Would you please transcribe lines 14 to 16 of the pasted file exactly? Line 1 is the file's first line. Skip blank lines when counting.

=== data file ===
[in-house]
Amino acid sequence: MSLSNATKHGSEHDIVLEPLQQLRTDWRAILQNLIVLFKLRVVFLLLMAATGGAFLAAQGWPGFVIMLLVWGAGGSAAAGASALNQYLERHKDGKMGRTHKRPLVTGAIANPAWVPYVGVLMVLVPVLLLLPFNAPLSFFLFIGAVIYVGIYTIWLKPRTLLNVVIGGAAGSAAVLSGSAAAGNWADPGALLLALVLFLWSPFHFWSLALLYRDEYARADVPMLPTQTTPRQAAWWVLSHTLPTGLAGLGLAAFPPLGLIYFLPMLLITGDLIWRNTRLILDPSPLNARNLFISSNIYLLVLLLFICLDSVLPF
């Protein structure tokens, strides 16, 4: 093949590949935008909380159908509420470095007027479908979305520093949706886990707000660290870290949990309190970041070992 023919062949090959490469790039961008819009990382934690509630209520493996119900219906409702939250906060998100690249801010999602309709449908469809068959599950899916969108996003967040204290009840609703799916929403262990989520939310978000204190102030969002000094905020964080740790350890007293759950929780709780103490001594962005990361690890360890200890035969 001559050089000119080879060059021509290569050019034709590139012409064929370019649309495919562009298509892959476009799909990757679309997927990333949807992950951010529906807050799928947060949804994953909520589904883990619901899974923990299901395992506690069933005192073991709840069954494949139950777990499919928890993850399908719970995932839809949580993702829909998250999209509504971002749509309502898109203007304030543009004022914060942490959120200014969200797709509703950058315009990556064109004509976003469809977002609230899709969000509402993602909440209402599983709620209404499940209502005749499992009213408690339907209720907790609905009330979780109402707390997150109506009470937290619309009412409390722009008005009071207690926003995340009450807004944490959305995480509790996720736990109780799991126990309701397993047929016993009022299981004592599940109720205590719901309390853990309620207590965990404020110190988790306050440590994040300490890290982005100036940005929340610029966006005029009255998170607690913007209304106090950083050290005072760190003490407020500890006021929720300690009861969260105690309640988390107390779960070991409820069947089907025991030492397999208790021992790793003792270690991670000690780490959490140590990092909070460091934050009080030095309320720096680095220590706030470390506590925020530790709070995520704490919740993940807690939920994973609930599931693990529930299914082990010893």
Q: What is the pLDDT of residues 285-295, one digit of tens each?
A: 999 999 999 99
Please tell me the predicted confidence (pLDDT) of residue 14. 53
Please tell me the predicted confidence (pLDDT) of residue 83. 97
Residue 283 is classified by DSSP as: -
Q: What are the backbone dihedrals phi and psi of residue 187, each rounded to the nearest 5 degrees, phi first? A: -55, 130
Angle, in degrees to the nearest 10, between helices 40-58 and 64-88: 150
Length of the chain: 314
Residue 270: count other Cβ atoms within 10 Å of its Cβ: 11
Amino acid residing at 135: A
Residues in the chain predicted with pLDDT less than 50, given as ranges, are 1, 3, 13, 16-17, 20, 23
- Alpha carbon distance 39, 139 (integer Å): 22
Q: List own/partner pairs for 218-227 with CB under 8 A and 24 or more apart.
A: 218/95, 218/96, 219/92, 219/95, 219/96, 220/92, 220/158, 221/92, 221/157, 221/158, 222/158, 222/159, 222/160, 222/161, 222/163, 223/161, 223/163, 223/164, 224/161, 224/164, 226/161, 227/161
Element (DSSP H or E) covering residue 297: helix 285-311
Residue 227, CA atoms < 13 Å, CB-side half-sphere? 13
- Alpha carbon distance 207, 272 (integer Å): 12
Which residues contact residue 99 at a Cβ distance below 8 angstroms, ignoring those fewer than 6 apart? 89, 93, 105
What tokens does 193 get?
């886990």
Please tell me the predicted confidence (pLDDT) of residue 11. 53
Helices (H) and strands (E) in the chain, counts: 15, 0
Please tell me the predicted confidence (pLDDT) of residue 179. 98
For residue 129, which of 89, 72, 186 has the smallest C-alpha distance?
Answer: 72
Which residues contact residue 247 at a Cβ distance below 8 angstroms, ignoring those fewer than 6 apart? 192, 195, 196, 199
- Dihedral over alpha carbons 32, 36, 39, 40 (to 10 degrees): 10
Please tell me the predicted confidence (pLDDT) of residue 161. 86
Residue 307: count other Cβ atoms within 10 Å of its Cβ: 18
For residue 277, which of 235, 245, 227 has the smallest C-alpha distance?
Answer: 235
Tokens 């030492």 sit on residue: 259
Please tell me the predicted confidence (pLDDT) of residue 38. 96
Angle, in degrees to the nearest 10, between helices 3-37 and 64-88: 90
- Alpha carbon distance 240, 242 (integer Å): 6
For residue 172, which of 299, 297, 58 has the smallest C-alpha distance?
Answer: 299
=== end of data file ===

Residues in the chain predicted with pLDDT less than 50, given as ranges, are 1, 3, 13, 16-17, 20, 23
- Alpha carbon distance 39, 139 (integer Å): 22
Q: List own/partner pairs for 218-227 with CB under 8 A and 24 or more apart.